According to DIGITIMES ResearchApple (NASDAQ:AAPL) has been hard at work on four new iPhones. The devices include the following: 

  • An iPhone with a 5.7- to 5.8-inch liquid crystal display (LCD). 
  • An iPhone with a 6- to 6.1-inch LCD. 
  • An iPhone with a 6- to 6.1-inch organic light-emitting diode (OLED) display. 
  • An iPhone with a 6.4- to 6.5-inch OLED display. 

OLED displays offer some significant image quality and speed benefits compared to LCDs, but OLED displays are harder to manufacture and there are fewer suppliers of them. Both factors ultimately make OLED displays more expensive than LCDs. 

Apple's iPhones in a "mosaic" pattern.

Image source: Apple.

Apple had previously been rumored to be working on three new iPhone models for 2018 -- one with a 5.85-inch OLED display, one with a 6.46-inch OLED display, and a lower-cost model with a 6.1-inch LCD. 

Two of the previously rumored models show up in DIGITIMES Research's set of future iPhones (current rumors point to a 6.1-inch LCD model as well as a 6.46-inch OLED model in development), but this list seems to have two models that haven't really been talked about before -- the 5.7- to 5.8-inch LCD iPhone and the 6- to 6.1-inch OLED iPhone. 

On top of that, DIGITIMES Research says that Apple is now leaning toward releasing two LCD-based iPhones this year (the 5.7- to 5.8-inch model as well as the 6- to 6.1-inch model) alongside a single OLED-based iPhone -- the one with the jumbo-sized 6.46-inch display. 

Apple had, according the report, previously been planning to release the two OLED iPhones as well as the 6.1-inch LCD model. 

Here's why these claims seem suspect. 

Major contradiction

One of the best-connected Apple analysts is KGI Securities' Ming-Chi Kuo. According to Kuo, Apple is planning to launch two OLED-based iPhones this year -- one with a 5.85-inch OLED display (the same as the one on the current iPhone X) and one with a 6.46-inch OLED display (effectively a larger version of the successor to the current iPhone X).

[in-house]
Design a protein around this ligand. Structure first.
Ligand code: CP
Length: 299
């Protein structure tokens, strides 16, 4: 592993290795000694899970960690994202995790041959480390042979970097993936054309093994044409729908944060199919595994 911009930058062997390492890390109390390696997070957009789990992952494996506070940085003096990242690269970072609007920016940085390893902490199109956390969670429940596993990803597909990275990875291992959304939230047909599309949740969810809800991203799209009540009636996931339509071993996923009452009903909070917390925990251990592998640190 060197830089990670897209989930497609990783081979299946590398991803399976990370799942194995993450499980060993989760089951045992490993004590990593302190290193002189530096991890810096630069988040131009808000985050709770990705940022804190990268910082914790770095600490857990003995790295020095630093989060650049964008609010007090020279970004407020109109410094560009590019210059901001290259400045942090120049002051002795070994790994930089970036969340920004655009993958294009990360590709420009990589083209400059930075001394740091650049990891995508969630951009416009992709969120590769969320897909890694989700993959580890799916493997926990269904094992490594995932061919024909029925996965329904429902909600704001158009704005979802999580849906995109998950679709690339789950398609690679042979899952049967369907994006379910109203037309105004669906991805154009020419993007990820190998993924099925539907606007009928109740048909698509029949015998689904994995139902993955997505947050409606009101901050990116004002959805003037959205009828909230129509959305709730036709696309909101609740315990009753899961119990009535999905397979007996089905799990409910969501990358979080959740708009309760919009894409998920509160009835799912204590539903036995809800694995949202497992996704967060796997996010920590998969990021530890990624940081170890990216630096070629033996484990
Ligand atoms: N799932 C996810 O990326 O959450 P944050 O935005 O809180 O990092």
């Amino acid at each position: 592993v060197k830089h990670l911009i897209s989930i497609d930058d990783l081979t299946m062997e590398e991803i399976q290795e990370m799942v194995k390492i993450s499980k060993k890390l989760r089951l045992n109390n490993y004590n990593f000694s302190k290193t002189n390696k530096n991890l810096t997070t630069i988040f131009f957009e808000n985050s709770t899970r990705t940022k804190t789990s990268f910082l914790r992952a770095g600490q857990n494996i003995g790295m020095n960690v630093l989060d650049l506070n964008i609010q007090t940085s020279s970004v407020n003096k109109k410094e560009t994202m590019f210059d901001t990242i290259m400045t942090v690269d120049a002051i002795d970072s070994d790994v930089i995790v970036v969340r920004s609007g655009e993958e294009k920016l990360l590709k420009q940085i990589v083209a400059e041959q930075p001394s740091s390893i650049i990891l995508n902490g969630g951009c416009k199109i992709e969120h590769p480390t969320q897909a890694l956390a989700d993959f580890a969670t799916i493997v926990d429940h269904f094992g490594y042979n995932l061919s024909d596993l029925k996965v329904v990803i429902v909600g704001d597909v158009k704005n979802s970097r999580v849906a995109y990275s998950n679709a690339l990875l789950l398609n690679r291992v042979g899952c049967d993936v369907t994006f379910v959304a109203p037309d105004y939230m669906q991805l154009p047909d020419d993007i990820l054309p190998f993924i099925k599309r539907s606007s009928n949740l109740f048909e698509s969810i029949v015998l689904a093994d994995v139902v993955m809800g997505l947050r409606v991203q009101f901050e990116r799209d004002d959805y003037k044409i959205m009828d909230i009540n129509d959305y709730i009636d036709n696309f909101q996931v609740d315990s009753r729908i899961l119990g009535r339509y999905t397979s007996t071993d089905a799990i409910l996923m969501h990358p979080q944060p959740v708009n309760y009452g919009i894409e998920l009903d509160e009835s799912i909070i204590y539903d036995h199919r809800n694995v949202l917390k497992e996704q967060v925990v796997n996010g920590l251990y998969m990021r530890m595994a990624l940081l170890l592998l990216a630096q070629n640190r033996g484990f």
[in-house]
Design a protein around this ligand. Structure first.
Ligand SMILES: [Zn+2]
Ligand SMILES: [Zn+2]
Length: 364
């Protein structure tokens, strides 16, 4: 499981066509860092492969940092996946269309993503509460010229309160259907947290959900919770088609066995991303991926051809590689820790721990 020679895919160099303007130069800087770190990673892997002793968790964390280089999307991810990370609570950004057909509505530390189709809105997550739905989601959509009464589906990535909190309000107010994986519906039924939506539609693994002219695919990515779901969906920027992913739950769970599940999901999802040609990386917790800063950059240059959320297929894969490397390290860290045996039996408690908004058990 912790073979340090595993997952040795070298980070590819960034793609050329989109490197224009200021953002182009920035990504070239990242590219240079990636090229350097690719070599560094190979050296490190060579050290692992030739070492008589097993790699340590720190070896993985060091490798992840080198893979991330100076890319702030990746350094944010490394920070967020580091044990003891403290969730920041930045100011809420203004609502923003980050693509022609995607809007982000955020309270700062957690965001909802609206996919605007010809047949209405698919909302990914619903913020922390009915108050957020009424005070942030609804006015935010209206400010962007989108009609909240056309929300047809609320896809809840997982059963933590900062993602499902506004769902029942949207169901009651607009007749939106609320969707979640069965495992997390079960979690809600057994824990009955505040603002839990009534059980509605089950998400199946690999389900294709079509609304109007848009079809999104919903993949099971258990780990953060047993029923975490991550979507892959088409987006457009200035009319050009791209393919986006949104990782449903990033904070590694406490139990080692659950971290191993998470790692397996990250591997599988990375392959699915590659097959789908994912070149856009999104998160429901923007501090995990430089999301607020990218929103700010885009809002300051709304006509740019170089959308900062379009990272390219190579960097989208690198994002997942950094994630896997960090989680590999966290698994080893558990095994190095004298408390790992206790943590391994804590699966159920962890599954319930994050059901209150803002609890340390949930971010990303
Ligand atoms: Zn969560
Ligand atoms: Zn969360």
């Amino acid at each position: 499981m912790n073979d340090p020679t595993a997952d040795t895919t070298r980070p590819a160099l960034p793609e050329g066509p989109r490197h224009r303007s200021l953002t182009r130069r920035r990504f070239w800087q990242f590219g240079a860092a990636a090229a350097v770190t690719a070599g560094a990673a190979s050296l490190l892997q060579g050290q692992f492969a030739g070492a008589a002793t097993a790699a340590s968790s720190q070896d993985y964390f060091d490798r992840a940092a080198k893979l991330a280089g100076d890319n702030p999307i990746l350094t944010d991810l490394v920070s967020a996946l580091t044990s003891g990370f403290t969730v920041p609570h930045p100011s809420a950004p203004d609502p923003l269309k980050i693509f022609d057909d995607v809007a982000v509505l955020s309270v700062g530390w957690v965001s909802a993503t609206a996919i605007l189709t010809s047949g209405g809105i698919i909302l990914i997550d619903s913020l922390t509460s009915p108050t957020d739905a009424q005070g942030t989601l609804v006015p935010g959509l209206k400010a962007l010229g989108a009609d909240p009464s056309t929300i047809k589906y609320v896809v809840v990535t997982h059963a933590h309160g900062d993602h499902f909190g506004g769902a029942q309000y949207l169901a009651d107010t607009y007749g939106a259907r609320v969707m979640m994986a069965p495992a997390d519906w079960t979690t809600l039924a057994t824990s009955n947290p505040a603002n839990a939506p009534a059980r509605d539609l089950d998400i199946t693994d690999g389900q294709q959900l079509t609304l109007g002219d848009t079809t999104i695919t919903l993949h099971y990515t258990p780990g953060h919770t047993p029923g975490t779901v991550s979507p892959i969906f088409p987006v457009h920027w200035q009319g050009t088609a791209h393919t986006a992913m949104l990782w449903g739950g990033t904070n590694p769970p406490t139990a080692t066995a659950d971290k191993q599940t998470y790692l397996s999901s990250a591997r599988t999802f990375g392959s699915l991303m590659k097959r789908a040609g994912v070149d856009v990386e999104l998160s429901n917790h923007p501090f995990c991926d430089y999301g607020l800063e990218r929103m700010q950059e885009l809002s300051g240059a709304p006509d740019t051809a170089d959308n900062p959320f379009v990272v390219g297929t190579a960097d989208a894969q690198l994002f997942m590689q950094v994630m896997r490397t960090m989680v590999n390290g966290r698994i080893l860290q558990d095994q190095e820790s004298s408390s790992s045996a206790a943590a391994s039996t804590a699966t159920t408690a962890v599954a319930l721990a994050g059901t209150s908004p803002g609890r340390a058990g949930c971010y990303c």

In addition to those two iPhones, Kuo also says Apple is planning a phone with a 6.1-inch LCD for more price-sensitive smartphone shoppers. 

Considering that Kuo has been steadily releasing detailed specifications of these devices for quite some time, and considering Kuo's considerable Apple supply chain connections, I'd be much more comfortable betting on Kuo's information than virtually any other analyst's. 

Questionable business sense

Admittedly the argument above might not be all that convincing to some -- I'm essentially saying that one source is probably more reliable than the other, but the reality is that sometimes reliable sources get things wrong and relatively unknown sources can get things totally right. 

To that end, I think it's worth thinking through these claims from a business/marketing perspective. 

Apple's iPhone 8 Plus (left) and iPhone 8 (right).

Image source: Apple.

When Apple introduced the iPhone X, it made quite a big deal about the work that it put into the OLED display that the device uses. On top of that, the lack of OLED displays on iPhones had been a competitive disadvantage (perceived or otherwise) for Apple for quite some time. 

The move to an OLED display and the significant marketing that Apple has invested in extolling the virtues of the technology make it seem quite unlikely that Apple would use an inferior technology on two of its three upcoming flagship devices -- again -- and limit OLED technology to a single premium model.

Apple was forced to limit OLED technology to a single model in the 2017 iPhone lineup, likely due to cost and capacity constraints, but it's unlikely those constraints will persist into the next product cycle, especially as Apple brings additional OLED suppliers on-board (Apple has only a single OLED display supplier for the current iPhone X).

Apple would be hurting its competitive positioning by not expanding its use of OLED display technology in the 2018 iPhones. 

Supply chain havoc

The final thing to keep in mind is that iPhone development cycles are long and Apple relies on many suppliers for critical components. The reality is that because of the sheer scale that Apple operates at, it needs to work with its suppliers years in advance on technology development. 

On top of that, Apple's suppliers need to have some idea of how much component demand Apple will need for a product cycle well in advance so that they can build the appropriate manufacturing capacity. 

At this point, it's highly likely that Apple's OLED display suppliers (Samsung and possibly LG Display) have already been given some indication as to how much demand Apple expects for its 2018 iPhones. Those companies need to make sure that they put the appropriate capacity in to support the cycle.

If Apple were to decide at the last minute to switch from releasing two OLED-based iPhones and one LCD model in 2018 to one OLED model and two LCD models, then that'd potentially leave Apple's OLED suppliers holding a pretty big bag. On top of that, there may not be enough capacity in place at Apple's key LCD suppliers to meet its demand, especially on such short notice.

Ashraf Eassa has no position in any of the stocks mentioned. The Motley Fool owns shares of and recommends Apple. The Motley Fool has the following options: long January 2020 $150 calls on Apple and short January 2020 $155 calls on Apple. The Motley Fool has a disclosure policy.